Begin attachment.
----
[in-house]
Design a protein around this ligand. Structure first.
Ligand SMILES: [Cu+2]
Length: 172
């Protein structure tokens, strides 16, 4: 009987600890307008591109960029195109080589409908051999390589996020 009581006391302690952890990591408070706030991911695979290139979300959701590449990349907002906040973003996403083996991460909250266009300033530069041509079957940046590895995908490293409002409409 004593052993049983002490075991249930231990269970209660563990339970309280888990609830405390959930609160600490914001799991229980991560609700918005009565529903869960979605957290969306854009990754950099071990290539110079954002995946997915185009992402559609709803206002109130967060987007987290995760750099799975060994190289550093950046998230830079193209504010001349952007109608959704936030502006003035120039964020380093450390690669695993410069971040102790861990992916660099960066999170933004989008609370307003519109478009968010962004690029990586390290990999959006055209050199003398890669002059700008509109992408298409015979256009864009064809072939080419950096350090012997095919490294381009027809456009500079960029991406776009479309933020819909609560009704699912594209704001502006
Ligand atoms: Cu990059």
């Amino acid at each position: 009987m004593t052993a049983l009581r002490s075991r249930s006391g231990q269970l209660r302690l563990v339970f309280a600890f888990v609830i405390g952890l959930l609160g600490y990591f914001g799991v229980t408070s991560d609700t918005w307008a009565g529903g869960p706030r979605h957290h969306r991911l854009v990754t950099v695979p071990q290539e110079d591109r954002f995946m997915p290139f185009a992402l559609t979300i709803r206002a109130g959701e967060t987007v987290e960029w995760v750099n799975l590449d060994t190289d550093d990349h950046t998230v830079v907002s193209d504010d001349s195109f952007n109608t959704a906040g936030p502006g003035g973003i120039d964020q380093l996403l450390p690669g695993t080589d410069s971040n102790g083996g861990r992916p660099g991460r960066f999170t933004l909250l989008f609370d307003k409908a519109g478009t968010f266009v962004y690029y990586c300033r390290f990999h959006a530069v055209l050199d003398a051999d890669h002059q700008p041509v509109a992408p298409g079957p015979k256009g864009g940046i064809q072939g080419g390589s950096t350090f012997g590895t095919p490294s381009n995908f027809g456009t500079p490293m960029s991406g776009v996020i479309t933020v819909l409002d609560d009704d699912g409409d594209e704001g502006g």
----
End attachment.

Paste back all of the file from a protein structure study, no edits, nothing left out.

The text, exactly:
[in-house]
Design a protein around this ligand. Structure first.
Ligand SMILES: [Cu+2]
Length: 172
């Protein structure tokens, strides 16, 4: 009987600890307008591109960029195109080589409908051999390589996020 009581006391302690952890990591408070706030991911695979290139979300959701590449990349907002906040973003996403083996991460909250266009300033530069041509079957940046590895995908490293409002409409 004593052993049983002490075991249930231990269970209660563990339970309280888990609830405390959930609160600490914001799991229980991560609700918005009565529903869960979605957290969306854009990754950099071990290539110079954002995946997915185009992402559609709803206002109130967060987007987290995760750099799975060994190289550093950046998230830079193209504010001349952007109608959704936030502006003035120039964020380093450390690669695993410069971040102790861990992916660099960066999170933004989008609370307003519109478009968010962004690029990586390290990999959006055209050199003398890669002059700008509109992408298409015979256009864009064809072939080419950096350090012997095919490294381009027809456009500079960029991406776009479309933020819909609560009704699912594209704001502006
Ligand atoms: Cu990059």
């Amino acid at each position: 009987m004593t052993a049983l009581r002490s075991r249930s006391g231990q269970l209660r302690l563990v339970f309280a600890f888990v609830i405390g952890l959930l609160g600490y990591f914001g799991v229980t408070s991560d609700t918005w307008a009565g529903g869960p706030r979605h957290h969306r991911l854009v990754t950099v695979p071990q290539e110079d591109r954002f995946m997915p290139f185009a992402l559609t979300i709803r206002a109130g959701e967060t987007v987290e960029w995760v750099n799975l590449d060994t190289d550093d990349h950046t998230v830079v907002s193209d504010d001349s195109f952007n109608t959704a906040g936030p502006g003035g973003i120039d964020q380093l996403l450390p690669g695993t080589d410069s971040n102790g083996g861990r992916p660099g991460r960066f999170t933004l909250l989008f609370d307003k409908a519109g478009t968010f266009v962004y690029y990586c300033r390290f990999h959006a530069v055209l050199d003398a051999d890669h002059q700008p041509v509109a992408p298409g079957p015979k256009g864009g940046i064809q072939g080419g390589s950096t350090f012997g590895t095919p490294s381009n995908f027809g456009t500079p490293m960029s991406g776009v996020i479309t933020v819909l409002d609560d009704d699912g409409d594209e704001g502006g």